Journal of Diabetes Research

Journal of Diabetes Research / 2019 / Article

Research Article | Open Access

Volume 2019 |Article ID 4021623 | 11 pages |

Visfatin Induces Inflammation and Insulin Resistance via the NF-κB and STAT3 Signaling Pathways in Hepatocytes

Academic Editor: Raffaella Mastrocola
Received21 Jan 2019
Revised09 May 2019
Accepted10 Jun 2019
Published17 Jul 2019


Background. It has been suggested that visfatin, which is an adipocytokine, exhibits proinflammatory properties and is associated with insulin resistance. Insulin resistance and inflammation are the principal pathogeneses of nonalcoholic fatty liver disease (NAFLD), but the relationship, if any, between visfatin and NAFLD remains unclear. Here, we evaluated the effects of visfatin on hepatic inflammation and insulin resistance in HepG2 cells and examined the molecular mechanisms involved. Methods. After treatment with visfatin, the inflammatory cytokines IL-6, TNF-α, and IL-1β were assessed by real-time polymerase chain reaction (RT-PCR) and immunocytochemical staining in HepG2 cells. To investigate the effects of visfatin on insulin resistance, we evaluated insulin-signaling pathways, such as IR, IRS-1, GSK, and AKT using immunoblotting. We assessed the intracellular signaling molecules including STAT3, NF-κB, IKK, p38, JNK, and ERK by western blotting. We treated HepG2 cells with both visfatin and either AG490 (a JAK2 inhibitor) or Bay 7082 (an NF-κB inhibitor); we examined proinflammatory cytokine mRNA levels using RT-PCR and insulin signaling using western blotting. Results. In HepG2 cells, visfatin significantly increased the levels of proinflammatory cytokines, reduced the levels of proteins (e.g., phospho-IR, phospho-IRS-1 (Tyr612), phospho-AKT, and phospho-GSK-3α/β) involved in insulin signaling, and increased IRS-1 S307 phosphorylation compared to controls. Interestingly, visfatin increased the activities of the JAK2/STAT3 and IKK/NF-κB signaling pathways but not those of the JNK, p38, and ERK pathways. Visfatin-induced inflammation and insulin resistance were regulated by JAK2/STAT3 and IKK/NF-κB signaling; together with AG490 or Bay 7082, visfatin significantly reduced mRNA levels of IL-6, TNF-α and IL-1β and rescued insulin signaling. Conclusion. Visfatin induced proinflammatory cytokine production and inhibited insulin signaling via the STAT3 and NF-κB pathways in HepG2 cells.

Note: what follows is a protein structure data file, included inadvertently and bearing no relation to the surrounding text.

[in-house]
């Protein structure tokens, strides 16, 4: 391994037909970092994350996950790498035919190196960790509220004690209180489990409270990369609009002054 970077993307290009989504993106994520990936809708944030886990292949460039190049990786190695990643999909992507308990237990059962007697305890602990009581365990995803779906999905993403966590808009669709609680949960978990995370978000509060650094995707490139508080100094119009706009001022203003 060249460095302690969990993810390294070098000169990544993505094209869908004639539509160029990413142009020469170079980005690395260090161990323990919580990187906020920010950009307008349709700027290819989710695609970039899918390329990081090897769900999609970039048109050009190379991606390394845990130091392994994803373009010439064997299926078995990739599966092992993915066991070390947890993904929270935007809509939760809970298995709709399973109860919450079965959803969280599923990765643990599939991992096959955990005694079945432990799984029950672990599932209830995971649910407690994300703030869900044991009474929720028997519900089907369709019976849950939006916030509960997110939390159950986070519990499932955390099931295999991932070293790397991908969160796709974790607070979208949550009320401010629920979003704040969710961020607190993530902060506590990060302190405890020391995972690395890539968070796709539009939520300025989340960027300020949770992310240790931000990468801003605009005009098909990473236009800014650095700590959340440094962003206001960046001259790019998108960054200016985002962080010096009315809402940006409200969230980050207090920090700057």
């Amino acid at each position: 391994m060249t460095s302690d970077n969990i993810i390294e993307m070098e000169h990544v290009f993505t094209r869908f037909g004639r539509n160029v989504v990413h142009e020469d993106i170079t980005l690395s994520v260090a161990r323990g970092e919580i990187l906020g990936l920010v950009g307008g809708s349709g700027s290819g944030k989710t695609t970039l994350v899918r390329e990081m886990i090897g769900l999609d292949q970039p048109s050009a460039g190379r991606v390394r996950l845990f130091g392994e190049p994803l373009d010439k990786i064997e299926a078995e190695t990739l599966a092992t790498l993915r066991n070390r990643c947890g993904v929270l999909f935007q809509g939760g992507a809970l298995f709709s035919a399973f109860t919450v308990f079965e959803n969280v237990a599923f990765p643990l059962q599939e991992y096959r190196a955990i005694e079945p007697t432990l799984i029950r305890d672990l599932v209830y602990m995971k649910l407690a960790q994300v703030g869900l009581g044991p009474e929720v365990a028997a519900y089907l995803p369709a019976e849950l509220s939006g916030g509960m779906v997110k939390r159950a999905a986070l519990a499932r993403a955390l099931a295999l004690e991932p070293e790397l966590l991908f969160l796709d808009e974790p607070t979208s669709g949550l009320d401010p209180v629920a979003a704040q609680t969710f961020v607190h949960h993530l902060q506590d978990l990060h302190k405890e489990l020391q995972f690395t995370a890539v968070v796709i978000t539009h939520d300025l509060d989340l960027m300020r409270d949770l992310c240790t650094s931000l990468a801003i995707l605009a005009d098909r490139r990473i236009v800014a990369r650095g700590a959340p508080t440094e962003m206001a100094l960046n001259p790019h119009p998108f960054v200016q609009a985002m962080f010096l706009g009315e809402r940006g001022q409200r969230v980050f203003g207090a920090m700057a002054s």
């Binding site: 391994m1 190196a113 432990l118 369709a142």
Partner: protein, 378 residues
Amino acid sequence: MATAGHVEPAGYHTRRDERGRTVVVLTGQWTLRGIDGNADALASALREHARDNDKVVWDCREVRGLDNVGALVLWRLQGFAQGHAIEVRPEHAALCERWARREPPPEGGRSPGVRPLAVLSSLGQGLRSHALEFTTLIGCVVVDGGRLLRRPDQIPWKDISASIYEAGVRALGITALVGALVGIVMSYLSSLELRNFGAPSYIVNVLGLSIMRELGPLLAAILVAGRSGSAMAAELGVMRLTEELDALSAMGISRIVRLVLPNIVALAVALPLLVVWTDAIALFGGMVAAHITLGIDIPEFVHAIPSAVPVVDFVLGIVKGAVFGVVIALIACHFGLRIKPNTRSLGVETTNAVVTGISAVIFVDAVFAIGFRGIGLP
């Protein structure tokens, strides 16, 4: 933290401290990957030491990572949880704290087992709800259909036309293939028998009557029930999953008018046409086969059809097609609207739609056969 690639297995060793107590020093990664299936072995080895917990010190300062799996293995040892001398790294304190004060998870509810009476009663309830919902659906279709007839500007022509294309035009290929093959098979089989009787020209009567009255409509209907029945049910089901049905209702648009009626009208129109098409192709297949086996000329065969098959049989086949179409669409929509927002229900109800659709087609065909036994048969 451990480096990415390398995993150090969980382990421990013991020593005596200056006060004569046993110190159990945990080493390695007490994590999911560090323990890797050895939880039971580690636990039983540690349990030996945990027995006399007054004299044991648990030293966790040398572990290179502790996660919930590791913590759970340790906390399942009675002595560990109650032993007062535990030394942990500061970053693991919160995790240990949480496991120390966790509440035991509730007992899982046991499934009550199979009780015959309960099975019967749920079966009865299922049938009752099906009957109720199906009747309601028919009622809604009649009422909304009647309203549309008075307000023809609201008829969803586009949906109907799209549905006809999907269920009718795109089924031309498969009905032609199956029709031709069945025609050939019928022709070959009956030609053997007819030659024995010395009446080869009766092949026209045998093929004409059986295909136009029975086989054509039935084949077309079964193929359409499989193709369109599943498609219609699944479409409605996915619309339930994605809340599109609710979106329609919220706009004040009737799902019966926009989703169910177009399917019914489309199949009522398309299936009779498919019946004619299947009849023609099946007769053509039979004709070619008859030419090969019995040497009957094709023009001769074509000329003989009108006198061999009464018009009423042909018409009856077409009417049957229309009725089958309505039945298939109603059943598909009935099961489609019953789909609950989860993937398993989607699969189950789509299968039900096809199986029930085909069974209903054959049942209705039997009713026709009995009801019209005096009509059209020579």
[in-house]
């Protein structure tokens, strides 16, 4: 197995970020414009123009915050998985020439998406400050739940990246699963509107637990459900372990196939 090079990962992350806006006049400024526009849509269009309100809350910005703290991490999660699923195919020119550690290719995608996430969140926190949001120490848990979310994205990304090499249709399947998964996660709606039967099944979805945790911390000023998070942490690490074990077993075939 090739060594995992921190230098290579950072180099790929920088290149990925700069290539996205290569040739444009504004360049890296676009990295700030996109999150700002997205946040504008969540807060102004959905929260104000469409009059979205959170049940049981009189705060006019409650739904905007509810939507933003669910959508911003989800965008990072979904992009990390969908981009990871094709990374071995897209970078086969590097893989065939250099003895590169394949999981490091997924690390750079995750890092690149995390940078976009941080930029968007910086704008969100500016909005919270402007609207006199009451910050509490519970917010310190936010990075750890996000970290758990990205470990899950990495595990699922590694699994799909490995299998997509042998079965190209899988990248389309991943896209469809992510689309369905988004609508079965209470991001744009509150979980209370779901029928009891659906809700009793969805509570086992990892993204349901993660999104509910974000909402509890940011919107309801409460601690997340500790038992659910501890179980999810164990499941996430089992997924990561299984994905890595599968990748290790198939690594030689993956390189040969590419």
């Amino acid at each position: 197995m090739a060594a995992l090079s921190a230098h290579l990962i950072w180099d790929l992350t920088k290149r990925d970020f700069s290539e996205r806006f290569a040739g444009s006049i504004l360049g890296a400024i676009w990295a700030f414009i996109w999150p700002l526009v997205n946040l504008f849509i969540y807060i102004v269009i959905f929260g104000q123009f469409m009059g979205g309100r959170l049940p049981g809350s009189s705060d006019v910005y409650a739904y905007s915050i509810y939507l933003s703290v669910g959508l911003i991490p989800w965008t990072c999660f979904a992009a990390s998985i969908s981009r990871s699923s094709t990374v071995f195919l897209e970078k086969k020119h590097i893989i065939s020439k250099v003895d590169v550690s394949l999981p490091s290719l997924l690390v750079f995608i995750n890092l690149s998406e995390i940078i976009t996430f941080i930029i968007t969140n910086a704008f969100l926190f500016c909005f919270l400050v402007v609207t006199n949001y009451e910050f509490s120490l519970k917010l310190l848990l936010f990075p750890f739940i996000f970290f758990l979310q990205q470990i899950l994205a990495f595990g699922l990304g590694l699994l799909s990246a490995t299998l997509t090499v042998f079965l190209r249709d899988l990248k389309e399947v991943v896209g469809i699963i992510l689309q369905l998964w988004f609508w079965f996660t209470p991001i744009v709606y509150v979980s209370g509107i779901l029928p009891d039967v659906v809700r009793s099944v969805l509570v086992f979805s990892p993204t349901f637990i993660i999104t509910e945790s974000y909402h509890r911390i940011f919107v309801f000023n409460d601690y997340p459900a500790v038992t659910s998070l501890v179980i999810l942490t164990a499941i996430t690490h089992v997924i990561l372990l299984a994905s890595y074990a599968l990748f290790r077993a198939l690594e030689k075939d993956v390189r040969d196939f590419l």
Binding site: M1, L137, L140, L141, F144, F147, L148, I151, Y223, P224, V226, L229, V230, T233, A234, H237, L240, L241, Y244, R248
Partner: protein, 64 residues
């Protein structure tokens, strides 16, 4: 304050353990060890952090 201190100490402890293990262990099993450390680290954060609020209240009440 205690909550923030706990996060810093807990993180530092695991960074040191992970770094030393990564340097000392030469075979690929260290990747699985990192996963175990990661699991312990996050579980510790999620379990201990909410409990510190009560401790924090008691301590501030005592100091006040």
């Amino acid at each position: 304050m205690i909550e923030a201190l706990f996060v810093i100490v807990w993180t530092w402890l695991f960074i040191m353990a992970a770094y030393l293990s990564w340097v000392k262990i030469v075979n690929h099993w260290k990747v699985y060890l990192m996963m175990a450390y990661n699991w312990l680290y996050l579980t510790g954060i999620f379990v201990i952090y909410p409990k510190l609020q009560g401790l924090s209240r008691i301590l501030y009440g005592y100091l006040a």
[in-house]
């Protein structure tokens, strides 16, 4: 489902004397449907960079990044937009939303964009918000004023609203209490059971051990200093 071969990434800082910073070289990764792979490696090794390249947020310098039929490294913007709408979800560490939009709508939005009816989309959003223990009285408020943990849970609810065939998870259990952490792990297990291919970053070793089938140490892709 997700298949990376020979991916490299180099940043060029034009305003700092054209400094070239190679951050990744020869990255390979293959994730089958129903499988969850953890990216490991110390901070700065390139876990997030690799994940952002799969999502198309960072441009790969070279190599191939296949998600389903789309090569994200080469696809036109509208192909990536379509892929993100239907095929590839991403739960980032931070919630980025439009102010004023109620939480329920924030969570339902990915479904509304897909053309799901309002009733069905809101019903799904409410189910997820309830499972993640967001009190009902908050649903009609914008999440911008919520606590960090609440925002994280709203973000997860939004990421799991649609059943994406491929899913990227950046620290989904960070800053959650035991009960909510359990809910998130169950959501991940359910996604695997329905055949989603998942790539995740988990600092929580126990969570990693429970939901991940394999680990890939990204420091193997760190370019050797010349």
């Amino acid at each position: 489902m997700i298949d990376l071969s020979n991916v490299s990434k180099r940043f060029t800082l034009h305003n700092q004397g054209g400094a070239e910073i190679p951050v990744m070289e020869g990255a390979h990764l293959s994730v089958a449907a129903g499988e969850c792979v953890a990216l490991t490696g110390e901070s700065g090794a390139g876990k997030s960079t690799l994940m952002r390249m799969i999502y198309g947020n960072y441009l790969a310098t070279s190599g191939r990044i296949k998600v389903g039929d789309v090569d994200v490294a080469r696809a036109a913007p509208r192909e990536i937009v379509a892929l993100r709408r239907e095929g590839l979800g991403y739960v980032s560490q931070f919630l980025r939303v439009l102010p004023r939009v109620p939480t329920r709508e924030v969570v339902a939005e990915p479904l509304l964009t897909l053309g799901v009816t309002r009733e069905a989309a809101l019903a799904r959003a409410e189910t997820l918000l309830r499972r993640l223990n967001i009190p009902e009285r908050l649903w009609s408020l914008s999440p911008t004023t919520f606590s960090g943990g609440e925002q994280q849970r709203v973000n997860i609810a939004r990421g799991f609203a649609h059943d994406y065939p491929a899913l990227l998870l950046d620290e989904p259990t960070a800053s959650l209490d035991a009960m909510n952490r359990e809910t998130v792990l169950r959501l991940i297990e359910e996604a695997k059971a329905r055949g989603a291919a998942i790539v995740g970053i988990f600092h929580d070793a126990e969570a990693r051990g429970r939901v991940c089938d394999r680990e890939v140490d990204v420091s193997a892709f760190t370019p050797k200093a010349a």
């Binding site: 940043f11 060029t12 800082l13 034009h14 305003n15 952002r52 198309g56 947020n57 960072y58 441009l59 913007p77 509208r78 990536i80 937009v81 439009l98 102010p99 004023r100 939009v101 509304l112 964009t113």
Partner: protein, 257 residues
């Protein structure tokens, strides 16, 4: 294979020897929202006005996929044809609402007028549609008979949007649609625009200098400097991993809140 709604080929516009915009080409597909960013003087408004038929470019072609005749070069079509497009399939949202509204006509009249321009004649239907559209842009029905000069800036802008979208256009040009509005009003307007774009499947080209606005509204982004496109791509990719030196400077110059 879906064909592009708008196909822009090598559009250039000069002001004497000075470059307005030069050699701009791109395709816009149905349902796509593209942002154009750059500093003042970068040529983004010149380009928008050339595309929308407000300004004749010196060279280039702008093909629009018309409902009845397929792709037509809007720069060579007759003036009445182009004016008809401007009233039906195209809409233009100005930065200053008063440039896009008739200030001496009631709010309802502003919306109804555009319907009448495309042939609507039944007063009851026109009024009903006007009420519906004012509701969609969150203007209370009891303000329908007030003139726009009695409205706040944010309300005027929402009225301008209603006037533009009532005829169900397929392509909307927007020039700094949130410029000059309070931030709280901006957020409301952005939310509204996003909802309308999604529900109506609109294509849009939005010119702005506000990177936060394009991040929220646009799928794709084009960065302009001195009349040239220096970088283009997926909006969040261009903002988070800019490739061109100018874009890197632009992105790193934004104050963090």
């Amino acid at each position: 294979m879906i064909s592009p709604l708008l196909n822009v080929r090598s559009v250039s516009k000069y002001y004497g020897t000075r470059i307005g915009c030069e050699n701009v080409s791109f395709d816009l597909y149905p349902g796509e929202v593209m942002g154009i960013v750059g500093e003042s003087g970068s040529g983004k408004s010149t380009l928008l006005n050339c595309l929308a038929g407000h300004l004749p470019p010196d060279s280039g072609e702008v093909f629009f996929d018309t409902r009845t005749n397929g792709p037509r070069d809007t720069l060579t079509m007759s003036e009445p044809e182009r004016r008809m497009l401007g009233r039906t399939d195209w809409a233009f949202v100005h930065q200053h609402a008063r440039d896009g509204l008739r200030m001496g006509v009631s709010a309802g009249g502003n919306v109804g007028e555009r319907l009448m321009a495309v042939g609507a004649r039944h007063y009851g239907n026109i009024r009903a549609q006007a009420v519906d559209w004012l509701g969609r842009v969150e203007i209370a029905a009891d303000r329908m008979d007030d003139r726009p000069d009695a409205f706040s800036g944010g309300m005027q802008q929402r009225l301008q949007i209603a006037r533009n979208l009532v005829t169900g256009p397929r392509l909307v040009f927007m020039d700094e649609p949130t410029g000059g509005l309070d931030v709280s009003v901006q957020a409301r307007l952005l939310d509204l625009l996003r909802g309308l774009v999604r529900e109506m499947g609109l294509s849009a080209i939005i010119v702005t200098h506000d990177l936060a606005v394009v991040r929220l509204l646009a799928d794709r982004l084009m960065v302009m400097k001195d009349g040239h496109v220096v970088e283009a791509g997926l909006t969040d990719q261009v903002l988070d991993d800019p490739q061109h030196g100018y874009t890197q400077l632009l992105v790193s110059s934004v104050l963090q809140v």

1. Introduction

Visfatin is an adipocytokine that is expressed predominantly in visceral adipose tissue [1] and also in skeletal muscle, bone marrow, and hepatocytes [2]. Visfatin was previously identified as a pre-B-cell colony-enhancing factor (PBEF), a cytokine expressed and secreted by lymphocytes [3], and also as nicotinamide phosphoribosyltransferase (NAMPT), an enzyme converting nicotinamide to nicotinamide mononucleotide (NMN), a precursor of nicotinamide adenine dinucleotide (NAD) [4]. Visfatin has been extensively studied in terms of its roles in obesity, insulin resistance, type 2 diabetes, and other metabolic disorders, but the findings have been contradictory [57].

Nonalcoholic fatty liver disease (NAFLD) is a spectrum of conditions ranging from fatty liver to nonalcoholic steatohepatitis (NASH), fibrosis, and cirrhosis [8]. Insulin resistance is considered to be the principal pathogenesis of NAFLD, and inflammation is also known to be involved in the disease progress [9]. Several adipocytokines have been suggested to play important roles in pathogenesis [10]. The role of visfatin in NAFLD has been evaluated, but the results were inconsistent [1113], and it remains unclear whether visfatin contributes to hepatic insulin resistance and inflammation. Moreover, the effects of visfatin as an adipocytokine in hepatocytes have rarely been explored. We reported previously that visfatin stimulated gluconeogenesis in hepatocytes [14], suggesting a contribution of visfatin to hepatic insulin resistance. However, the effects of visfatin on insulin signaling in hepatocytes have not been reported previously.

Previous studies suggested that visfatin exhibited proinflammatory properties, playing roles in certain inflammatory diseases and in particular cell types [1]. Visfatin was reported to induce Interleukin-1 beta (IL-1β), tumor necrosis factor-α (TNF-α), and Interleukin-6 (IL-6) production by monocytes [15] and to upregulate IL-6 gene expression in human endothelial cells [16]. Another study revealed that visfatin induced migration of osteosarcoma cells and upregulation of IL-6 through nuclear factor kappa B (NF-κB) [17].